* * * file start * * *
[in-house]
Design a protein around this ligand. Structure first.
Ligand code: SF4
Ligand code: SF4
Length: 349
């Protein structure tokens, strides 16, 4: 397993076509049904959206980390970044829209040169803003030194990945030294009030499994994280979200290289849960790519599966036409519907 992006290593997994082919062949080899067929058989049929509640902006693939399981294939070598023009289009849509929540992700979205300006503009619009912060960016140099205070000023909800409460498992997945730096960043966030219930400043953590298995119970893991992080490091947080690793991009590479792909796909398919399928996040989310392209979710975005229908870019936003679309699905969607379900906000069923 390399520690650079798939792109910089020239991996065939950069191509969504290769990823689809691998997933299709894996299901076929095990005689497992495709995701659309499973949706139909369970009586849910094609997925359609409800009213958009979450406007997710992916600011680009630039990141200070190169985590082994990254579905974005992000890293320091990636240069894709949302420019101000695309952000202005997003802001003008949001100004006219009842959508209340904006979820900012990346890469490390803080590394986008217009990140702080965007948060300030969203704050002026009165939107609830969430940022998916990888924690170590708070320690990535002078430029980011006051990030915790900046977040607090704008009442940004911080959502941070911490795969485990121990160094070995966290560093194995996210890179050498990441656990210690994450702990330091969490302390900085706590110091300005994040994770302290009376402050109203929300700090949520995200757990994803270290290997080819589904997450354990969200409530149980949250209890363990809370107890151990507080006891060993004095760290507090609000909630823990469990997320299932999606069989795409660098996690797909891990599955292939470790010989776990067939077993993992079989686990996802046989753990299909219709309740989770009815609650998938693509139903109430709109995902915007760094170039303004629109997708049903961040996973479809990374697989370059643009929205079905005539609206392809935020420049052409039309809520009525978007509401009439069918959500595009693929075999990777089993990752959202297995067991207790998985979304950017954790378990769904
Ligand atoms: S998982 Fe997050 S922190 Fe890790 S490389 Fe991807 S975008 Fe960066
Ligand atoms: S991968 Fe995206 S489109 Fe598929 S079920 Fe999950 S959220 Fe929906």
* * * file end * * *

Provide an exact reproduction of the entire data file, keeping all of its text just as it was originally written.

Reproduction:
[in-house]
Design a protein around this ligand. Structure first.
Ligand code: SF4
Ligand code: SF4
Length: 349
């Protein structure tokens, strides 16, 4: 397993076509049904959206980390970044829209040169803003030194990945030294009030499994994280979200290289849960790519599966036409519907 992006290593997994082919062949080899067929058989049929509640902006693939399981294939070598023009289009849509929540992700979205300006503009619009912060960016140099205070000023909800409460498992997945730096960043966030219930400043953590298995119970893991992080490091947080690793991009590479792909796909398919399928996040989310392209979710975005229908870019936003679309699905969607379900906000069923 390399520690650079798939792109910089020239991996065939950069191509969504290769990823689809691998997933299709894996299901076929095990005689497992495709995701659309499973949706139909369970009586849910094609997925359609409800009213958009979450406007997710992916600011680009630039990141200070190169985590082994990254579905974005992000890293320091990636240069894709949302420019101000695309952000202005997003802001003008949001100004006219009842959508209340904006979820900012990346890469490390803080590394986008217009990140702080965007948060300030969203704050002026009165939107609830969430940022998916990888924690170590708070320690990535002078430029980011006051990030915790900046977040607090704008009442940004911080959502941070911490795969485990121990160094070995966290560093194995996210890179050498990441656990210690994450702990330091969490302390900085706590110091300005994040994770302290009376402050109203929300700090949520995200757990994803270290290997080819589904997450354990969200409530149980949250209890363990809370107890151990507080006891060993004095760290507090609000909630823990469990997320299932999606069989795409660098996690797909891990599955292939470790010989776990067939077993993992079989686990996802046989753990299909219709309740989770009815609650998938693509139903109430709109995902915007760094170039303004629109997708049903961040996973479809990374697989370059643009929205079905005539609206392809935020420049052409039309809520009525978007509401009439069918959500595009693929075999990777089993990752959202297995067991207790998985979304950017954790378990769904
Ligand atoms: S998982 Fe997050 S922190 Fe890790 S490389 Fe991807 S975008 Fe960066
Ligand atoms: S991968 Fe995206 S489109 Fe598929 S079920 Fe999950 S959220 Fe929906």